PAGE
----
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Economy Overview

Nigeria has a dual economy with a modern segment dependent on oil earnings, overlaid by a traditional agricultural and trading economy. At independence in 1960, agriculture accounted for well over half of GDP and was the main source of export earnings and public revenue. The oil sector, which emerged in the 1960s and was firmly established during the 1970s, is now of overwhelming importance to the point of over-dependence: it provides 20% of GDP, 95% of foreign exchange earnings, and about 65% of budgetary revenues. Competition between ethnic and regional groups for power and access to the country’s oil wealth has been at the root of politics in Nigeria.

The large subsistence agricultural sector has not kept up with rapid population growth. Nigeria, once a large net exporter, now imports food though the Administration of President Umaru Musa Yar’Adua has introduced far-reaching policy initiatives to reverse this trend and attain national food self-sufficiency. Based on GNP per capita, Nigeria is among the world’s 20 poorest countries. Economic growth since the early 1970s has been erratic, driven primarily by the fluctuations of the global oil market. During the 1980s and 1990s Nigeria faced growing economic decline and falling living standards, a reflection also of political instability, corruption, and poor macroeconomic management (most notably the failure to diversify the economy).

Fundamental economic reforms were introduced by the administration of President Olusegun Obasanjo which resulted in a stable macro-economic environment, including debt relief. A major debt deal led to a massive reduction in Nigeria’s debt from over US$36 billion in 2004 to a mere US$3.6 billion in 2008. President Umaru Musa Yar’Adua has intensified economic reforms on the basis of the foundation laid by his predecessor. Between 2004-2008, the country’s GDP grew two-fold to $209.5 billion and at an impressive rate of 7%. This was the best performance for many years, above the regional average of 6%.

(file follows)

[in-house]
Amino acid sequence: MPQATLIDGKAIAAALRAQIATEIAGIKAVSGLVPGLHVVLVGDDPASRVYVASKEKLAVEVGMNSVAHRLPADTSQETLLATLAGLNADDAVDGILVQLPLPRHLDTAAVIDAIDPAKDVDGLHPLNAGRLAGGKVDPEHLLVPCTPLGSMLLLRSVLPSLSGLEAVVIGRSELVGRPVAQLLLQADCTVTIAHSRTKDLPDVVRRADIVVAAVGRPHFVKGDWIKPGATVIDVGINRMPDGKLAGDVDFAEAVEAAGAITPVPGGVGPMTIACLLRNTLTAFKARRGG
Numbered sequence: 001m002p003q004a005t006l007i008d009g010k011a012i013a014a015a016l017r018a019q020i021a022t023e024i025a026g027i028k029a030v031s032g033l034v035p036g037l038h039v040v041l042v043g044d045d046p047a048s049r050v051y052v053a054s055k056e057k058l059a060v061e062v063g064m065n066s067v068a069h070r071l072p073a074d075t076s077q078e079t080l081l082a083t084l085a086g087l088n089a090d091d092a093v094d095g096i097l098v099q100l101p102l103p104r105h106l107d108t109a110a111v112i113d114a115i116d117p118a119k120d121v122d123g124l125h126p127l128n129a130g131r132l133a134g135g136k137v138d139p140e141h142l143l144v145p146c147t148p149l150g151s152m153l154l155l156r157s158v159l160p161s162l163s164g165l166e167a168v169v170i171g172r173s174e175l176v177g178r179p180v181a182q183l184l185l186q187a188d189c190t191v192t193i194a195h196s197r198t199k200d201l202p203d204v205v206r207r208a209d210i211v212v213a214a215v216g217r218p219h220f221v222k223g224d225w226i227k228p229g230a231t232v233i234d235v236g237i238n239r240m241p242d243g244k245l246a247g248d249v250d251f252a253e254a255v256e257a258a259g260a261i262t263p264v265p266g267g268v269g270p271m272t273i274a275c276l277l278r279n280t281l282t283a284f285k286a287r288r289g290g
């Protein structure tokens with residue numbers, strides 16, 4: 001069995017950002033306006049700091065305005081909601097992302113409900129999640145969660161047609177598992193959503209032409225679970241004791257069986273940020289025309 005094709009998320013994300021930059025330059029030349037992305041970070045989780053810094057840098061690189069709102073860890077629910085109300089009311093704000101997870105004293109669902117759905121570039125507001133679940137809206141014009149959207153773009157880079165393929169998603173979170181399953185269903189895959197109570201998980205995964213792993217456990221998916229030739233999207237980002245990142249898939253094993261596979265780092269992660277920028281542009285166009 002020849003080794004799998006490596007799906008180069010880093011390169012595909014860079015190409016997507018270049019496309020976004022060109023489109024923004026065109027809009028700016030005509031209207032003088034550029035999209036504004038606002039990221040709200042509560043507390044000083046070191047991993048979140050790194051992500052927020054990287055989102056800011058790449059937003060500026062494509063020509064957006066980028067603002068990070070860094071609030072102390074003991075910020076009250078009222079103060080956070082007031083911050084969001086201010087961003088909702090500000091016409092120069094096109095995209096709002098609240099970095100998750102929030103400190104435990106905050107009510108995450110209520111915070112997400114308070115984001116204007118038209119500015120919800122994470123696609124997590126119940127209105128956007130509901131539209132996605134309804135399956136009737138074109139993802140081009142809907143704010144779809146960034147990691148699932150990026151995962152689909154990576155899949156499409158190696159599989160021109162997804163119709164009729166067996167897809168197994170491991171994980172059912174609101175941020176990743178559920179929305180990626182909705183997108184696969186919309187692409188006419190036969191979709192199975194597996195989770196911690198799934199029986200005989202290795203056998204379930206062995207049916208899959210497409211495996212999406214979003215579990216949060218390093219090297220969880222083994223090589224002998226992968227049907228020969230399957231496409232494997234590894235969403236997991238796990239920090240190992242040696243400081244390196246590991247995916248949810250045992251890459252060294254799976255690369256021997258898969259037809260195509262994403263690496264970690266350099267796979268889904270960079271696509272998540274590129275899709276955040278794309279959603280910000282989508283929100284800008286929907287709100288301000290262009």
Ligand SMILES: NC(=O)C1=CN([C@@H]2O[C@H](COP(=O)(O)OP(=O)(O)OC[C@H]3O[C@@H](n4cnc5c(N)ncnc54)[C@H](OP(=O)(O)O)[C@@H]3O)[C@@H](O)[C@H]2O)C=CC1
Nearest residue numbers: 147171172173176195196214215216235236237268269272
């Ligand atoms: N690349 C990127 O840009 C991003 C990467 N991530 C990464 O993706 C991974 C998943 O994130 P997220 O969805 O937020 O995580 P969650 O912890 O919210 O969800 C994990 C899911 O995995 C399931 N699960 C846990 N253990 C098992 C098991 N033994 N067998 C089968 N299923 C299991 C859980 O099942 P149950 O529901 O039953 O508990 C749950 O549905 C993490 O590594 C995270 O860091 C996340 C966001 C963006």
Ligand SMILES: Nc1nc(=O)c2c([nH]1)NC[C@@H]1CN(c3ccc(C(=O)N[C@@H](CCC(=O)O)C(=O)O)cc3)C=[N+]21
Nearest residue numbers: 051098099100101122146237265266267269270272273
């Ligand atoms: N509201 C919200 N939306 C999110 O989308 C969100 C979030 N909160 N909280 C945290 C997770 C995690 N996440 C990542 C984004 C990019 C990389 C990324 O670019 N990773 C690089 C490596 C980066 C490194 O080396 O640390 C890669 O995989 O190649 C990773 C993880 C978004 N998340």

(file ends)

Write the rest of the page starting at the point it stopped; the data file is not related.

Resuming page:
The country’s GDP recorded an average growth rate of 6.3% between 2006 and 2008. This was largely fuelled by the growth of the non-oil sector, including the phenomenal increase in the price of crude oil before the sharp decline of 2008, made worse by the global economic meltdown.

GDP growth rate is projected at 5% in 2009 while non-oil GDP is expected to remain at 6.3% by the end of 2009.

According to the governor of the Central Bank of Nigeria Sanusi Lamido Sanusi, inflation declined steadily from 15.1% at the end of 2008 to 11.1% at the end of July 2009.

Nigeria is an investor-friendly country with a rule of law which is anchored on good governance and accountability. It has a robust private sector and is committed to creating enabling business environment via a stable democratic system, infrastructure re-engineering, and expansion, strong and virile financial and insurance sector. The country has a highly simplified and streamlined procedure for business entry, reformation of its public service and removal of bureaucratic hurdles as well as improved international image. The government is also promoting non-oil sectors of the economy with aim of targeting and attracting foreign direct investments into key priority sectors such as Power, Infrastructure, Agriculture, and Solid Minerals. The government is committed to privatization, commercialization, and liberalization of the economy.


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